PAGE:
I designed a study to assess 50 college students’ motivations to use alcohol and its correlates during their first semester. The most innovative part of this study was that I collected data with smart phones that beeped at several random times on every Thursday, Friday, and Saturday throughout the semester. Now that I’ve collected the data, I’m overwhelmed by how rich the data are and don’t know where to start! My first thought is to collapse the data to weekly summary scores and model those using growth curve analysis. Is there anything more I can do with the data? — Signed, Swimming in Data
You did indeed collect an amazing dataset! With technological advances, the collection of intensive longitudinal data, such as ecological momentary assessments (EMA), is becoming popular among researchers hoping to better understand dynamic processes related to mood, cigarette or alcohol use, physical activity, and many other states or behaviors. Some of the most compelling research questions in these studies often have to do with effects of time-varying predictors.
One familiar way to approach the analysis of EMA data is to reduce the data, summarizing within-day or within-week assessments to a single measure, so that growth curve models may be fit to estimate an average trend and predictors of the intercept and slope. However, this approach disregards the richness of the data that were so carefully collected. Further, EMA studies are typically designed in order to capture something more dynamic than what could be captured as a linear function of time.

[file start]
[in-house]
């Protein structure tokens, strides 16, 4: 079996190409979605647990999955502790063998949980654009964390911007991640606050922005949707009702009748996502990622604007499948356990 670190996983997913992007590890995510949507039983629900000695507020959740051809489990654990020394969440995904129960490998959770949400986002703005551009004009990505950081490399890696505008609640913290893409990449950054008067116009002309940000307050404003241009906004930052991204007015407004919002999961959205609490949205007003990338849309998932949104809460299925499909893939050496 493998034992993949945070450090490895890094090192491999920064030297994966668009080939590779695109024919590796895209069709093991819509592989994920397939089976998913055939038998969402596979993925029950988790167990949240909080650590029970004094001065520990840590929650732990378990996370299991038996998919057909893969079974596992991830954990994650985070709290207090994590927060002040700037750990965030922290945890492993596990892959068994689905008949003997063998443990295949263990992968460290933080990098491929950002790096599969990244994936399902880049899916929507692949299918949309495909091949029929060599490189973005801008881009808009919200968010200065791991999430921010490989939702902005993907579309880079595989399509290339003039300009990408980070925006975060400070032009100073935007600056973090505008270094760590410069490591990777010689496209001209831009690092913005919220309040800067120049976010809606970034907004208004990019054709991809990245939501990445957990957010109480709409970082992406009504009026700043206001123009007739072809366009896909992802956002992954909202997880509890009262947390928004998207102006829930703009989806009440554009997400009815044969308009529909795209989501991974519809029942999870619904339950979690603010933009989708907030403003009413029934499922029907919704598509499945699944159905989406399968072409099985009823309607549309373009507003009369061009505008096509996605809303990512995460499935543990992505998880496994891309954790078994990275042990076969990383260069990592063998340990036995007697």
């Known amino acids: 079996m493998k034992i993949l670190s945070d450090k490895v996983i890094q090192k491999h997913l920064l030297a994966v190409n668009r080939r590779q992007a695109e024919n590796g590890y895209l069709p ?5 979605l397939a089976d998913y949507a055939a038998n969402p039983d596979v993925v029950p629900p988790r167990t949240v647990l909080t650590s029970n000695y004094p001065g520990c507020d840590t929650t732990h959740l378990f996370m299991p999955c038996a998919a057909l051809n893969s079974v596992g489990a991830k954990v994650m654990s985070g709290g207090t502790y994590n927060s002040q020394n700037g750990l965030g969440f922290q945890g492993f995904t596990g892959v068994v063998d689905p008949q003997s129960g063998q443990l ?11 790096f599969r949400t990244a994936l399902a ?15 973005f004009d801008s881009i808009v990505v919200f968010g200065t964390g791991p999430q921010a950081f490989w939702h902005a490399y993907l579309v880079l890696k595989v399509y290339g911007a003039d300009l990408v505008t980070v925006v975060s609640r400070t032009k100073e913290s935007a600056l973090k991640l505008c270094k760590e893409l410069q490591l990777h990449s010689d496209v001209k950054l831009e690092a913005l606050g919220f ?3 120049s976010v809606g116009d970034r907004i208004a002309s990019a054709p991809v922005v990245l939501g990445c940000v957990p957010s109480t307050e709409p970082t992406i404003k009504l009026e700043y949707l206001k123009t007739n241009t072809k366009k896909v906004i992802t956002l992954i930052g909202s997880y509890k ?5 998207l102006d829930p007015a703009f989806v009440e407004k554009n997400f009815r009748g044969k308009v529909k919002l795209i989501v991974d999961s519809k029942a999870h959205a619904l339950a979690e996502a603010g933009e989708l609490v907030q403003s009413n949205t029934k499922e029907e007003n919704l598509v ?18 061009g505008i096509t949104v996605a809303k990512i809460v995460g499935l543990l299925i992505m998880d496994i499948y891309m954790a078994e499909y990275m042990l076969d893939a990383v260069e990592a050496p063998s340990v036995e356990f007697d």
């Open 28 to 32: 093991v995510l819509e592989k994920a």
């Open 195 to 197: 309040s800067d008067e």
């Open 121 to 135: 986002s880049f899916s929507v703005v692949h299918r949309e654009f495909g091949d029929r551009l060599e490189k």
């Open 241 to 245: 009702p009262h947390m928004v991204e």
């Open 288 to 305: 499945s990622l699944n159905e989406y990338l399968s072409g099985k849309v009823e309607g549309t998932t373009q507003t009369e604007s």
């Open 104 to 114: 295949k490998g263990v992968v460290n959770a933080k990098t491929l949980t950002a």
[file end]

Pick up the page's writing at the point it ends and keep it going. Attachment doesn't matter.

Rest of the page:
A more common approach to the analysis of EMA data is multilevel models, where within- and between-individual variability can be separated. This approach is helpful for understanding, for example, the degree of stability of processes. However, these methods typically impose important constraints, such as the assumption that the effects of covariates on an outcome are stable over time.
New methods for the analysis of intensive longitudinal data have been proposed in the statistical literature, and hold immense promise for addressing important questions about dynamic processes such as the factors driving alcohol use during the freshman year of college. For example, the time-varying effect model (TVEM) is a flexible approach that allows the effects of covariates to vary with time. A detailed introduction to time-varying effect models for audiences in psychological science will appear in Tan, Shiyko, Li, Li, & Dierker (in press).
A demonstration of this approach will appear in an article by Methodology Center researchers and colleagues (Shiyko et al., in press). The authors analyzed data collected as part of a smoking-cessation trial and found that individuals with a successful quit attempt had a rapid decrease in craving within the first few days of quitting, whereas those who eventually relapsed did not experience this decrease. Eventual relapsers had low levels of confidence in their abilities to abstain on cravings early in their quit attempt, but among successful quitters the association with confidence in ability to abstain was significantly weaker.
Any researcher with access to EMA data can fit a TVEM using the %TVEM SAS macro, which is freely available at /downloads/tvem. Give it a try so that you can explore the timevarying effects of individual factors, such as residing in a dorm, and contextual factors, such as excitement about an upcoming sporting event, on motivations to use alcohol.
Shiyko, M. P., Lanza, S. T., Tan, X., Li, R., & Shiffman, S. (2012). Using the time-varying effect model (TVEM) to examine dynamic associations between negative affect and self confidence on smoking urges: Differences between successful quitters and relapsers. Prevention Science. PMCID: PMC3171604
Tan, X., Shiyko, M. P., Li, R., Li, Y., & Dierker, L. (2012). A time-varying effect model for intensive longitudinal data. Psychological Methods, 17(1), 61-77. PMCID: PMC3288551